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Extraversion: What is it and why your business should care

December 21, 2023
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Humans have tried to understand our psyche since the dawn of time. However, when it comes to business, this becomes even more important. Without comprehending your employees’ personalities, behaviours, and skills, you’re going to be less likely to build a team that’s high performing. This is why soft skills are getting increasingly vital for companies in the hiring process.

In order to do this, you must understand the main traits that are relevant to employers. Here’s our deep dive into one of these traits: extraversion.

What is the Big Five model?

Psychologists have created many different models for categorising and understanding different elements of our psyche. The Big Five theory, however, is considered the most reliable in employment contexts. According to this model, there are five clusters of personality traits that stand at the core of a person’s character, and as a result, the most indicative of performance. These clusters are Openness, Conscientiousness, Extraversion, Agreeableness, and Neuroticism — also referred to as OCEAN. These are scored on a spectrum, so every individual gets a unique mark for each trait, rather than an overall ‘personality type’. This allows the Big Five model to remain scientifically valid and reliable for business purposes.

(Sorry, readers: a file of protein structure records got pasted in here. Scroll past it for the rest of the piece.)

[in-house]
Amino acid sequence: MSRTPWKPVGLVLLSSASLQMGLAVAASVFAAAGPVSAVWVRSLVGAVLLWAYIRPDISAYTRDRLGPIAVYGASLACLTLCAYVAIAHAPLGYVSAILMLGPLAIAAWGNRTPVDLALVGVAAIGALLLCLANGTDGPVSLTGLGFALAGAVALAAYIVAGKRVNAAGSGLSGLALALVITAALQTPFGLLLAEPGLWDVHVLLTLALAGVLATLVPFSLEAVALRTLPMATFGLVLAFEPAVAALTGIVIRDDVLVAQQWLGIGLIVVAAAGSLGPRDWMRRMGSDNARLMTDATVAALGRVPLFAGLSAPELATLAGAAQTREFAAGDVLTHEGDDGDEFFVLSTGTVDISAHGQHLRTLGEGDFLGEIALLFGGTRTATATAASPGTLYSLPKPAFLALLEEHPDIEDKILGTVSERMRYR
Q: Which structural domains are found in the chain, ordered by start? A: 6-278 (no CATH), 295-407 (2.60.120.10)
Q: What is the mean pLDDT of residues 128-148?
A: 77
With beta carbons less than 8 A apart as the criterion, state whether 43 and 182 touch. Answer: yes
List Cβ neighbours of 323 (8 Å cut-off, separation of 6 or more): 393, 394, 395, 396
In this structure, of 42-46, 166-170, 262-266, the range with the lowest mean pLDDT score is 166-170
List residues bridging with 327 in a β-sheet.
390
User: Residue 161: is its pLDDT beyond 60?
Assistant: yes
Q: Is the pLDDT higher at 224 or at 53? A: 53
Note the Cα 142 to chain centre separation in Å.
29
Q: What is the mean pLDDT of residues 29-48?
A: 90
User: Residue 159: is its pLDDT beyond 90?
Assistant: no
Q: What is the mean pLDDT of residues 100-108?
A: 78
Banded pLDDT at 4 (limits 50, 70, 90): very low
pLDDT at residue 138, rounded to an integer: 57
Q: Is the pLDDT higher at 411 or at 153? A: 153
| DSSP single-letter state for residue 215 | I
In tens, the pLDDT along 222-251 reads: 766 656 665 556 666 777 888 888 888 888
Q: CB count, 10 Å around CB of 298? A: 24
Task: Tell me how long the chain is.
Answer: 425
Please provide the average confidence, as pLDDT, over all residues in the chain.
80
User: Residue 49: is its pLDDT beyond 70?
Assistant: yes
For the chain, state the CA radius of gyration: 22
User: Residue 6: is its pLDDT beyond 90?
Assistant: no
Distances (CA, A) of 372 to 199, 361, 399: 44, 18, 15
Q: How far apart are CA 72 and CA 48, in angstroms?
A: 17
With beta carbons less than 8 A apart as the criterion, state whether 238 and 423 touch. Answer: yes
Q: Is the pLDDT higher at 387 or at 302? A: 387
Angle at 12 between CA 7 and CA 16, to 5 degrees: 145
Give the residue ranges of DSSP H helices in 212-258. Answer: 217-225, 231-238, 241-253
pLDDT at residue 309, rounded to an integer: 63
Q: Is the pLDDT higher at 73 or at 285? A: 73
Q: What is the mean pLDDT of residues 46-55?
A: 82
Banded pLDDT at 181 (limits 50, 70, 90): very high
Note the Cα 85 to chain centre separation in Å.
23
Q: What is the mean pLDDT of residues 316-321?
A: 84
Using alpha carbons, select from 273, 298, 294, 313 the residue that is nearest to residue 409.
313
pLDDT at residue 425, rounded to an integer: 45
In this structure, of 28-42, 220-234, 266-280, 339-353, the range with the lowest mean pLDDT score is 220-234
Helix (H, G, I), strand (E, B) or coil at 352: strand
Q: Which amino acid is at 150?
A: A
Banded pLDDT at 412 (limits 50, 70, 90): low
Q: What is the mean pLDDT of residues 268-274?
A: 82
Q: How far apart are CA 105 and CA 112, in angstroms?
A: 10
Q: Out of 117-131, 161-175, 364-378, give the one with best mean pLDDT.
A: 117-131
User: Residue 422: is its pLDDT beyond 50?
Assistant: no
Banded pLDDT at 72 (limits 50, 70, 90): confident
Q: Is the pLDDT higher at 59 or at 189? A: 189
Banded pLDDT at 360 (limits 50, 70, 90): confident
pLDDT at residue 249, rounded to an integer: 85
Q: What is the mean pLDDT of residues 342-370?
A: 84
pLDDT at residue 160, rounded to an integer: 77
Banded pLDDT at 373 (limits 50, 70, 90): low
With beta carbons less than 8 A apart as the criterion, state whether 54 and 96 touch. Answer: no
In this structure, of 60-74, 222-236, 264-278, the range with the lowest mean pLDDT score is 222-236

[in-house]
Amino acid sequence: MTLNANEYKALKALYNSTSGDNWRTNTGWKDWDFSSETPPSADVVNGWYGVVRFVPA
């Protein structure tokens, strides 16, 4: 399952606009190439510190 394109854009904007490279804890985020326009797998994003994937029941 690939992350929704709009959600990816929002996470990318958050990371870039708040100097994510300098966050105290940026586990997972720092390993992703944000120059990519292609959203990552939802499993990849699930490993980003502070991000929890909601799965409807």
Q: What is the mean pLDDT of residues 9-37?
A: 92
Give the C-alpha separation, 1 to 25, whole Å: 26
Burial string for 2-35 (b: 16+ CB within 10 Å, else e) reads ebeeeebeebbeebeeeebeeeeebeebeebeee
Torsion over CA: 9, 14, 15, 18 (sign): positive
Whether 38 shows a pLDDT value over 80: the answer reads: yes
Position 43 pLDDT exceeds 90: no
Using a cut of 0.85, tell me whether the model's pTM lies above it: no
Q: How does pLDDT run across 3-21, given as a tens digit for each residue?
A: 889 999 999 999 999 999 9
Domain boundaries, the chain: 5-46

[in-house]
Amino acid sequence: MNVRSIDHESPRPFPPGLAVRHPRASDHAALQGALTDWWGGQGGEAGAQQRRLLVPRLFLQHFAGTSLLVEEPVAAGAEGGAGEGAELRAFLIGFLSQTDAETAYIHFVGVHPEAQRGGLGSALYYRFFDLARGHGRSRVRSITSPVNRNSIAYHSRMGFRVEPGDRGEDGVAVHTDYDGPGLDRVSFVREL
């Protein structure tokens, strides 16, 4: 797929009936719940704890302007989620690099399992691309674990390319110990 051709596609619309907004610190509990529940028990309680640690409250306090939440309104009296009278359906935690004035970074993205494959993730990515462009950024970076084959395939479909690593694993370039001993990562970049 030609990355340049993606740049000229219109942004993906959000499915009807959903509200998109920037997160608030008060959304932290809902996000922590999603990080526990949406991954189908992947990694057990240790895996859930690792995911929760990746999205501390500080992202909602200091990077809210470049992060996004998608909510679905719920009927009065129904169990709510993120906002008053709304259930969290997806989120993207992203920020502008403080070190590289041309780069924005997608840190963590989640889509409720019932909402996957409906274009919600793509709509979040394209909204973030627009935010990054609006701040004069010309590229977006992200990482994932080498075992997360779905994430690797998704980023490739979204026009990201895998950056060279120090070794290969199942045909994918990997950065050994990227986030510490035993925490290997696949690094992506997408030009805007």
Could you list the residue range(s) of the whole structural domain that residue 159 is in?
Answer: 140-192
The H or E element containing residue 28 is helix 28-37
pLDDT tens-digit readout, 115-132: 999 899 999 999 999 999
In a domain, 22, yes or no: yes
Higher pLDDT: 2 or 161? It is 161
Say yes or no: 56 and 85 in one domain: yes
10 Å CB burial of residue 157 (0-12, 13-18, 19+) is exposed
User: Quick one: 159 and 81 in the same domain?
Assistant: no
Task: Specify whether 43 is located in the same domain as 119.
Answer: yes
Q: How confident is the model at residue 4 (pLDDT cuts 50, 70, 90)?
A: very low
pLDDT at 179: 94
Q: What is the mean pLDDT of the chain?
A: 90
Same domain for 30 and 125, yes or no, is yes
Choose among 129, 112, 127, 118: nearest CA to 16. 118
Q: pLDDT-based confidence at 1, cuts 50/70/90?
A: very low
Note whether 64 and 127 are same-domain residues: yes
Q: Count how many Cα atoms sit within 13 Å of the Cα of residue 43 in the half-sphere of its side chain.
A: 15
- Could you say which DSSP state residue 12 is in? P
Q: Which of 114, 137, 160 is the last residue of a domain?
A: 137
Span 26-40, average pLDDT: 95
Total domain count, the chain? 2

Further reading: The Big Five model — overview, origins, and use in human resources

What is extraversion?

One of the Big Five traits, extraversion measures an individual’s relationship with other humans — how energetic, outgoing, and sociable they are. Extraverted people are usually friendly, draw energy from spending time around other people, and like sharing their ideas with others. Their network reaches far and wide, they have a variety of friends, and are usually the life of the party.

Those who score low in extraversion, however, prefer to be by themselves, get exhausted in social situations, they might be a bit more awkward or shy, and are happy in their own internal world, not needing external stimulation like extraverts.

What traits are related to extraversion?

Extraversion can be essential for employees, especially those who work in teams. In the Thrive platform, the main traits that relate to extraversion are:

  • Enthusiastic: Proactive and motivated to start tasks, thrives on being busy, and may act on impulse.
  • Sociable: Enjoys connecting with new people, and tends to be lively and outgoing in groups.
  • Influential: Assertive, expresses opinions with ease, and enjoys persuading others.

Other qualities that may fall under the umbrella of extraversion are:

  • Outgoing
  • Friendly
  • Assertive
  • Excitement-seeking
  • Attention-seeking
  • Cheerful

On the other hand, some traits that could be associated with low extraversion are:

  • Introvert
  • Risk-averse
  • Reflective
  • Loner tendencies

How do extraverted people act in business situations?